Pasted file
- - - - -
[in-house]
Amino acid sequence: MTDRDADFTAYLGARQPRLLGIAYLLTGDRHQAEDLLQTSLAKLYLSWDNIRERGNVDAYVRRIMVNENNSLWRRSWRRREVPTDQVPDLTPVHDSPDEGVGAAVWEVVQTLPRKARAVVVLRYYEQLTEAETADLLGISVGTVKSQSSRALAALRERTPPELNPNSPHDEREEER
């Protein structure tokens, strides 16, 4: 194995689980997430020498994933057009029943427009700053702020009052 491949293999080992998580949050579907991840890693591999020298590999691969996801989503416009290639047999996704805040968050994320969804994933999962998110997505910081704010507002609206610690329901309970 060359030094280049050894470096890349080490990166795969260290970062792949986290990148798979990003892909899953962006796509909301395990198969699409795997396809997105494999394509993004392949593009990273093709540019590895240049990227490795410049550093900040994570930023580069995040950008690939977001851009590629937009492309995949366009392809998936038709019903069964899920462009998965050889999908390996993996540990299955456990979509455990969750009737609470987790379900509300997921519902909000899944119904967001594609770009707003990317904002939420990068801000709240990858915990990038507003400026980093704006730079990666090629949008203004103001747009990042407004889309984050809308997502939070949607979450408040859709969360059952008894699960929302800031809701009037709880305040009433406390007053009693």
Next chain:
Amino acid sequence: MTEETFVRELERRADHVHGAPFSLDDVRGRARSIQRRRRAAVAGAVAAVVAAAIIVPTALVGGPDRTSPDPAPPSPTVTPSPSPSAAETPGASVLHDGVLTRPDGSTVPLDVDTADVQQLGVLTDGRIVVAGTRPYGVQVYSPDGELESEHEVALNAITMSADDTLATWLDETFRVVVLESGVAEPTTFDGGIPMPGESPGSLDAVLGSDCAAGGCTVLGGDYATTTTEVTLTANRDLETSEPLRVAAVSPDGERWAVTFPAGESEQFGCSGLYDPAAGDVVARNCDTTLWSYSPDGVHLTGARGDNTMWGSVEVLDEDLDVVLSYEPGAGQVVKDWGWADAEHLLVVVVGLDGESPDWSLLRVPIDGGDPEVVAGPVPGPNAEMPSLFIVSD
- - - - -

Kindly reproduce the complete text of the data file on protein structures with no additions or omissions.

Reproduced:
[in-house]
Amino acid sequence: MTDRDADFTAYLGARQPRLLGIAYLLTGDRHQAEDLLQTSLAKLYLSWDNIRERGNVDAYVRRIMVNENNSLWRRSWRRREVPTDQVPDLTPVHDSPDEGVGAAVWEVVQTLPRKARAVVVLRYYEQLTEAETADLLGISVGTVKSQSSRALAALRERTPPELNPNSPHDEREEER
């Protein structure tokens, strides 16, 4: 194995689980997430020498994933057009029943427009700053702020009052 491949293999080992998580949050579907991840890693591999020298590999691969996801989503416009290639047999996704805040968050994320969804994933999962998110997505910081704010507002609206610690329901309970 060359030094280049050894470096890349080490990166795969260290970062792949986290990148798979990003892909899953962006796509909301395990198969699409795997396809997105494999394509993004392949593009990273093709540019590895240049990227490795410049550093900040994570930023580069995040950008690939977001851009590629937009492309995949366009392809998936038709019903069964899920462009998965050889999908390996993996540990299955456990979509455990969750009737609470987790379900509300997921519902909000899944119904967001594609770009707003990317904002939420990068801000709240990858915990990038507003400026980093704006730079990666090629949008203004103001747009990042407004889309984050809308997502939070949607979450408040859709969360059952008894699960929302800031809701009037709880305040009433406390007053009693």
Next chain:
Amino acid sequence: MTEETFVRELERRADHVHGAPFSLDDVRGRARSIQRRRRAAVAGAVAAVVAAAIIVPTALVGGPDRTSPDPAPPSPTVTPSPSPSAAETPGASVLHDGVLTRPDGSTVPLDVDTADVQQLGVLTDGRIVVAGTRPYGVQVYSPDGELESEHEVALNAITMSADDTLATWLDETFRVVVLESGVAEPTTFDGGIPMPGESPGSLDAVLGSDCAAGGCTVLGGDYATTTTEVTLTANRDLETSEPLRVAAVSPDGERWAVTFPAGESEQFGCSGLYDPAAGDVVARNCDTTLWSYSPDGVHLTGARGDNTMWGSVEVLDEDLDVVLSYEPGAGQVVKDWGWADAEHLLVVVVGLDGESPDWSLLRVPIDGGDPEVVAGPVPGPNAEMPSLFIVSD